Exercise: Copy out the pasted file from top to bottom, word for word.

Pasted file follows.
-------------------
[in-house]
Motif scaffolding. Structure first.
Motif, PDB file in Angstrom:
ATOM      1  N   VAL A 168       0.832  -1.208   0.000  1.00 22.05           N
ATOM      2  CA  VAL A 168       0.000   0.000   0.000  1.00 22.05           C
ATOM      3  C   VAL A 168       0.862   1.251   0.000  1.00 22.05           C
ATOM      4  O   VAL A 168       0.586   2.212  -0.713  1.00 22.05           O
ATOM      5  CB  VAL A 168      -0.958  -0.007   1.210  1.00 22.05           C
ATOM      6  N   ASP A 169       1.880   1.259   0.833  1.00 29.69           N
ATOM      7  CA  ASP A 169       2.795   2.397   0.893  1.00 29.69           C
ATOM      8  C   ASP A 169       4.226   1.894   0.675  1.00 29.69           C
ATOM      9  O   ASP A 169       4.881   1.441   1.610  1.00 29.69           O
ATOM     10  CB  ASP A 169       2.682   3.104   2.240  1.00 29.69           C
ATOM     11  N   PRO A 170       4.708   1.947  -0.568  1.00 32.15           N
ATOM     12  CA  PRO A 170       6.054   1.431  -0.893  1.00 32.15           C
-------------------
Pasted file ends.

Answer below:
[in-house]
Motif scaffolding. Structure first.
Motif, PDB file in Angstrom:
ATOM      1  N   VAL A 168       0.832  -1.208   0.000  1.00 22.05           N
ATOM      2  CA  VAL A 168       0.000   0.000   0.000  1.00 22.05           C
ATOM      3  C   VAL A 168       0.862   1.251   0.000  1.00 22.05           C
ATOM      4  O   VAL A 168       0.586   2.212  -0.713  1.00 22.05           O
ATOM      5  CB  VAL A 168      -0.958  -0.007   1.210  1.00 22.05           C
ATOM      6  N   ASP A 169       1.880   1.259   0.833  1.00 29.69           N
ATOM      7  CA  ASP A 169       2.795   2.397   0.893  1.00 29.69           C
ATOM      8  C   ASP A 169       4.226   1.894   0.675  1.00 29.69           C
ATOM      9  O   ASP A 169       4.881   1.441   1.610  1.00 29.69           O
ATOM     10  CB  ASP A 169       2.682   3.104   2.240  1.00 29.69           C
ATOM     11  N   PRO A 170       4.708   1.947  -0.568  1.00 32.15           N
ATOM     12  CA  PRO A 170       6.054   1.431  -0.893  1.00 32.15           C